With our 11th grade students out of class today for the SAT, students had the opportunity to explore what it might be like to work as a researcher tasked with understanding and ultimately stopping the spread of infectious diseases like COVID-19. Students worked in pairs as Disease Detectives using the CDC “Solve the Outbreak” simulation.
One of the recurring questions from students yesterday was about treatment options for COVID-19. Students were reminded that people can be infected with multiple infectious diseases at the same time, such as influenza (the flu) or the common cold (rhinovirus) at the time they are infected with coronavirus. While supportive care (staying home in “self-quarantine” and having someone look after you to keep you as comfortable as possible while you are sick) is all most people need to fight off a cold or even the flu (influenza kills about 1 person for every 1000 people who are infected), getting the flu and coronavirus could cause a major health problem. To reduce the risk of influenza infection, there is a vaccine available every year which successfully prevents thousands of deaths from infection. In fact, horrible diseases that were once prevalent in our society (measles, mumps, rubella, small pox, polio, chicken pox, and more) are now quite rare thanks to vaccines.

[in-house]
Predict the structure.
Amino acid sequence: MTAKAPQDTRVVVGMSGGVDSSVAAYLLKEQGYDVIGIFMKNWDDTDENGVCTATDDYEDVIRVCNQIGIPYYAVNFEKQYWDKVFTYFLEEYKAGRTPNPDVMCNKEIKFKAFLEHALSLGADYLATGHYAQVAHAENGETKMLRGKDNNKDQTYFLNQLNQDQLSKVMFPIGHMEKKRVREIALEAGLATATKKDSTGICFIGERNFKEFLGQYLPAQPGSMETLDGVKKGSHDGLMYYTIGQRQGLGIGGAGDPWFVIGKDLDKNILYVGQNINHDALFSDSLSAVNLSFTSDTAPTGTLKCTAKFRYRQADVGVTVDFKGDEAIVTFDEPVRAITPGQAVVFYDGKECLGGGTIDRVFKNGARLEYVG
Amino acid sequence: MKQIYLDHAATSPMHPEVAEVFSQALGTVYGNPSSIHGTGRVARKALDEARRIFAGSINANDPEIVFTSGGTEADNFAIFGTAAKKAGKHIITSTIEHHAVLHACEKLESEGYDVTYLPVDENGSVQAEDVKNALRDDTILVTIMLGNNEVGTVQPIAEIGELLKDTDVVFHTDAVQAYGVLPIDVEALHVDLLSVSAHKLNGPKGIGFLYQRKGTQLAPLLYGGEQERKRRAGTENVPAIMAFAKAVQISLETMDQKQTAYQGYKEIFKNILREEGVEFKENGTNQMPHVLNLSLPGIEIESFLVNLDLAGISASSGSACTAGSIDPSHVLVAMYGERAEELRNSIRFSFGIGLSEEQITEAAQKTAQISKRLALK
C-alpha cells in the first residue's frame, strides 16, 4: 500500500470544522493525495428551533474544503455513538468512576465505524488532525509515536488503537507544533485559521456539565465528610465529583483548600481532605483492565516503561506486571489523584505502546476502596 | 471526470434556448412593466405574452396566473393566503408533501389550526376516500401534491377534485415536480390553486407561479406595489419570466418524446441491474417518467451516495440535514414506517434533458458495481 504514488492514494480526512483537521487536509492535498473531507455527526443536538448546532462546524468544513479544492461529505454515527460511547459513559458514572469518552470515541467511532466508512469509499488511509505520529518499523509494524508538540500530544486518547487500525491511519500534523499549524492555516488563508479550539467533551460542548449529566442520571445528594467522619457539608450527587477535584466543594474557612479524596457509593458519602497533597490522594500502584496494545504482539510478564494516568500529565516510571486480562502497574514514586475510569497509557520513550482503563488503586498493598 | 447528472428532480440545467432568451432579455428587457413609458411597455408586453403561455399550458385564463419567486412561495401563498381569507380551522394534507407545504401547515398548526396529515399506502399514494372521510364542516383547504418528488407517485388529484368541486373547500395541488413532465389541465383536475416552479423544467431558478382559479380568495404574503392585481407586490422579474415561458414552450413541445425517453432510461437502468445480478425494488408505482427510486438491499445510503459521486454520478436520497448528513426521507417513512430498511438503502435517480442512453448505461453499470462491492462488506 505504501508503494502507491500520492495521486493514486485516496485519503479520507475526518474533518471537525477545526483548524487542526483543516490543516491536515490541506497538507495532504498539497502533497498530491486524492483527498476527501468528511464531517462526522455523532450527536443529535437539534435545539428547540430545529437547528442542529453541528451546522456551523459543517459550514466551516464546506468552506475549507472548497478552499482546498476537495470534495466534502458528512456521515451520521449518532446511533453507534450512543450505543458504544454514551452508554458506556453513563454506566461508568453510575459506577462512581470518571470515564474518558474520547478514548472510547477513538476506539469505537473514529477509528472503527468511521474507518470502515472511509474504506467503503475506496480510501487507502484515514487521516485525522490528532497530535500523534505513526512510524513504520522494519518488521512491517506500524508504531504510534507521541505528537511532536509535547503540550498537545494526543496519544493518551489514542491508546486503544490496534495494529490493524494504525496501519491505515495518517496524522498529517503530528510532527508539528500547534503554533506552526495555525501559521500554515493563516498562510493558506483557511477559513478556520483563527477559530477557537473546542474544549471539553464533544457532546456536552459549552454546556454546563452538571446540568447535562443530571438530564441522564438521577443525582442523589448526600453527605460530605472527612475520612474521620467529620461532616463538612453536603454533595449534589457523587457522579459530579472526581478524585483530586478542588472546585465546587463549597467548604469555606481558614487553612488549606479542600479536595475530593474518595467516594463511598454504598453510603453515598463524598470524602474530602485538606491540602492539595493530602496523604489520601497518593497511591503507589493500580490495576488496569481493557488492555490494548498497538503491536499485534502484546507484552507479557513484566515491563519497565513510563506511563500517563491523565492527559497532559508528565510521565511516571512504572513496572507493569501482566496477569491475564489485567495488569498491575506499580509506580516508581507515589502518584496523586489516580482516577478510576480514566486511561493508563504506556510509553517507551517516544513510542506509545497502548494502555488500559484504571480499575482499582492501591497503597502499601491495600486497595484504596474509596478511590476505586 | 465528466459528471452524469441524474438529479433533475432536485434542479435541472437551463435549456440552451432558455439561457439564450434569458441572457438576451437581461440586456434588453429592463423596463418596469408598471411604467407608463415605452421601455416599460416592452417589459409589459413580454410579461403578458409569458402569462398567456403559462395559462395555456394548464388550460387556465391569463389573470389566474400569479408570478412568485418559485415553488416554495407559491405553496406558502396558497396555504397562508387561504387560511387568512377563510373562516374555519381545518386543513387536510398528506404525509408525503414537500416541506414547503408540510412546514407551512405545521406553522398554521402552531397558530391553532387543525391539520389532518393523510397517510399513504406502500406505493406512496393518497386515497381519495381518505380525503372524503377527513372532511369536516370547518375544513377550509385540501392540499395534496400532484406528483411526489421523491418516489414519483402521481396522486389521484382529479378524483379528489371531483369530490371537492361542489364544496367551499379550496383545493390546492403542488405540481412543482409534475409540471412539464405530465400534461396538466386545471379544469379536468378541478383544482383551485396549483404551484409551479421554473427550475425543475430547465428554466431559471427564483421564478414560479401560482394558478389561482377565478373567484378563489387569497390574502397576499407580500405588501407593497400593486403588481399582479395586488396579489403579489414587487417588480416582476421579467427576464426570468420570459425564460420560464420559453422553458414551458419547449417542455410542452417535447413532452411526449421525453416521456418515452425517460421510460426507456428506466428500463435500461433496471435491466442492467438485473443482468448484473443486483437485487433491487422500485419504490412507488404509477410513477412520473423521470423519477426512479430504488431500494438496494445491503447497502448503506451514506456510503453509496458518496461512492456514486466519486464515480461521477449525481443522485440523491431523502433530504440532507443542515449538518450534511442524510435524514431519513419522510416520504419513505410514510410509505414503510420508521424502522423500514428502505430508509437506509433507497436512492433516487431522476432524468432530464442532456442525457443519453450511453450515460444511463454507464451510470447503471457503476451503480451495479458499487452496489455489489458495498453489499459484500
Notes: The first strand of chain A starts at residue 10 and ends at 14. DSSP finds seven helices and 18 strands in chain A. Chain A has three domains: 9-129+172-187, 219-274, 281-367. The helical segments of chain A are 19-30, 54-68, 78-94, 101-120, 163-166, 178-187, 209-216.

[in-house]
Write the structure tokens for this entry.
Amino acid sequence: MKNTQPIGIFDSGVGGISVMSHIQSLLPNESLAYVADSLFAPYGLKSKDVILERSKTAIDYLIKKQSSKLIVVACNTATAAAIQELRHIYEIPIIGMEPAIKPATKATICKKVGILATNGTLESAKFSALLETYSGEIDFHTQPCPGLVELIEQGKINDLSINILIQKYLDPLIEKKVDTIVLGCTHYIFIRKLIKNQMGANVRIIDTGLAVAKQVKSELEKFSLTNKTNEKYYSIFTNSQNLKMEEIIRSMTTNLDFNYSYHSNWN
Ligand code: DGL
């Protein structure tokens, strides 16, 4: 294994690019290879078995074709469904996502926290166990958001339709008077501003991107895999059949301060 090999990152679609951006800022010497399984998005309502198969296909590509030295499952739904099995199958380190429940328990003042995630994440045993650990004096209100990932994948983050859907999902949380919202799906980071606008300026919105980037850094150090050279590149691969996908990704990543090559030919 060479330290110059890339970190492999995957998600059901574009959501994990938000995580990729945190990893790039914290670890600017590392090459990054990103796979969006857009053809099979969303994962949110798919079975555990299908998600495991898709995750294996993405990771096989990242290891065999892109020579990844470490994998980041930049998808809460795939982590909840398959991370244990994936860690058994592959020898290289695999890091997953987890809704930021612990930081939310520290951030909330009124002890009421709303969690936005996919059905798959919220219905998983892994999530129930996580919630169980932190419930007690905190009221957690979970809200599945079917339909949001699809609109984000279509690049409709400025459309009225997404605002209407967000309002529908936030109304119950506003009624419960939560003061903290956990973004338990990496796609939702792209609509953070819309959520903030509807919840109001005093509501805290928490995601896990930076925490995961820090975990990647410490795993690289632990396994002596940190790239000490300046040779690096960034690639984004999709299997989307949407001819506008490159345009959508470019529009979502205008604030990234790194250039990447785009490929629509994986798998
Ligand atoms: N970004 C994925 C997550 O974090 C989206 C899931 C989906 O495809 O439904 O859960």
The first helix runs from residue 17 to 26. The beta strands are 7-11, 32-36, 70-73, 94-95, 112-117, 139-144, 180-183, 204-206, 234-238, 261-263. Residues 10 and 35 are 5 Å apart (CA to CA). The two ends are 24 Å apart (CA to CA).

With so many infectious diseases no longer prevalent, there has been a rise the last few decades in the number of healthy vaccinated parents who chose not to vaccinate their children. For our class today, we will watch the PBS NOVA video Vaccines – Calling the Shots and students will complete the associated worksheet. By better understanding the power of vaccines and the importance of limiting the spread of preventable diseases in order to protect those who, not by choice, lack immunity, we can also do our part to reduce our own chances of becoming infected with multiple infectious diseases at the same time.
Wondering about which vaccines you have received or might still need? Check with your doctor or the school nurse. For more information about vaccines and immunizations, visit the CDC website.
Can teenagers get vaccinated without their parents’ permission?